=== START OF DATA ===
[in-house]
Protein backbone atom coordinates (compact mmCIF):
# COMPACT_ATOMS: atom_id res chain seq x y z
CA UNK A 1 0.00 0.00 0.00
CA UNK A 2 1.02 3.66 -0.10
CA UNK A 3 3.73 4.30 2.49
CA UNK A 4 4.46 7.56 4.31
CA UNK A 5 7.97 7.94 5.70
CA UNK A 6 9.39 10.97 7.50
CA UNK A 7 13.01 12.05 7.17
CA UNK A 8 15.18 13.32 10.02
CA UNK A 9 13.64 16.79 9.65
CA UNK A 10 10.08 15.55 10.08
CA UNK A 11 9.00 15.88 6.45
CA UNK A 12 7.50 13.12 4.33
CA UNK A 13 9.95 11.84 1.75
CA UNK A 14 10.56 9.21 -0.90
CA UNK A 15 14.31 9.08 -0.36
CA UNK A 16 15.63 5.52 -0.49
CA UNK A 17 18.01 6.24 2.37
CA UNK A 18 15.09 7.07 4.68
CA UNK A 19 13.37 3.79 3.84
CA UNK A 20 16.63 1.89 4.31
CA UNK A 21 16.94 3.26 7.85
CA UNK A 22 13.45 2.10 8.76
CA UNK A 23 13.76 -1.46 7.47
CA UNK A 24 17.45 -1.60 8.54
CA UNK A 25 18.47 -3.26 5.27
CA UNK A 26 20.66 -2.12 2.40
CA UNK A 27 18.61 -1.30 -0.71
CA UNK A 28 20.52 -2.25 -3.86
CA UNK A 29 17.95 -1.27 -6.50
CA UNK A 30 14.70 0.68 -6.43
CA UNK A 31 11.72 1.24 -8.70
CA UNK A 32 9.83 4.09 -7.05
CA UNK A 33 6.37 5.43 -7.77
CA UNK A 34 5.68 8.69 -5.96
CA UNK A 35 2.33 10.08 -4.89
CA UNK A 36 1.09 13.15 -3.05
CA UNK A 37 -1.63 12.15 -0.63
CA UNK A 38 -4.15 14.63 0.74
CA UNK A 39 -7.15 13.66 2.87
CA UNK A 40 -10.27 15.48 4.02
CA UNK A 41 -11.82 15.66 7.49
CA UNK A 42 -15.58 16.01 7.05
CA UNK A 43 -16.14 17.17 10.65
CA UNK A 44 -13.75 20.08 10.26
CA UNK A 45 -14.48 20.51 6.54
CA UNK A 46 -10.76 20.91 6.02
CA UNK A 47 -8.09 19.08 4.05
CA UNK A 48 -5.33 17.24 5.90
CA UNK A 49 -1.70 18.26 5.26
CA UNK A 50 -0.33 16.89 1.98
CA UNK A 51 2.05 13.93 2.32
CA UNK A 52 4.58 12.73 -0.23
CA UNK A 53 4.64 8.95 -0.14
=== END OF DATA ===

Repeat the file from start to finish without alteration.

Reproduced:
[in-house]
Protein backbone atom coordinates (compact mmCIF):
# COMPACT_ATOMS: atom_id res chain seq x y z
CA UNK A 1 0.00 0.00 0.00
CA UNK A 2 1.02 3.66 -0.10
CA UNK A 3 3.73 4.30 2.49
CA UNK A 4 4.46 7.56 4.31
CA UNK A 5 7.97 7.94 5.70
CA UNK A 6 9.39 10.97 7.50
CA UNK A 7 13.01 12.05 7.17
CA UNK A 8 15.18 13.32 10.02
CA UNK A 9 13.64 16.79 9.65
CA UNK A 10 10.08 15.55 10.08
CA UNK A 11 9.00 15.88 6.45
CA UNK A 12 7.50 13.12 4.33
CA UNK A 13 9.95 11.84 1.75
CA UNK A 14 10.56 9.21 -0.90
CA UNK A 15 14.31 9.08 -0.36
CA UNK A 16 15.63 5.52 -0.49
CA UNK A 17 18.01 6.24 2.37
CA UNK A 18 15.09 7.07 4.68
CA UNK A 19 13.37 3.79 3.84
CA UNK A 20 16.63 1.89 4.31
CA UNK A 21 16.94 3.26 7.85
CA UNK A 22 13.45 2.10 8.76
CA UNK A 23 13.76 -1.46 7.47
CA UNK A 24 17.45 -1.60 8.54
CA UNK A 25 18.47 -3.26 5.27
CA UNK A 26 20.66 -2.12 2.40
CA UNK A 27 18.61 -1.30 -0.71
CA UNK A 28 20.52 -2.25 -3.86
CA UNK A 29 17.95 -1.27 -6.50
CA UNK A 30 14.70 0.68 -6.43
CA UNK A 31 11.72 1.24 -8.70
CA UNK A 32 9.83 4.09 -7.05
CA UNK A 33 6.37 5.43 -7.77
CA UNK A 34 5.68 8.69 -5.96
CA UNK A 35 2.33 10.08 -4.89
CA UNK A 36 1.09 13.15 -3.05
CA UNK A 37 -1.63 12.15 -0.63
CA UNK A 38 -4.15 14.63 0.74
CA UNK A 39 -7.15 13.66 2.87
CA UNK A 40 -10.27 15.48 4.02
CA UNK A 41 -11.82 15.66 7.49
CA UNK A 42 -15.58 16.01 7.05
CA UNK A 43 -16.14 17.17 10.65
CA UNK A 44 -13.75 20.08 10.26
CA UNK A 45 -14.48 20.51 6.54
CA UNK A 46 -10.76 20.91 6.02
CA UNK A 47 -8.09 19.08 4.05
CA UNK A 48 -5.33 17.24 5.90
CA UNK A 49 -1.70 18.26 5.26
CA UNK A 50 -0.33 16.89 1.98
CA UNK A 51 2.05 13.93 2.32
CA UNK A 52 4.58 12.73 -0.23
CA UNK A 53 4.64 8.95 -0.14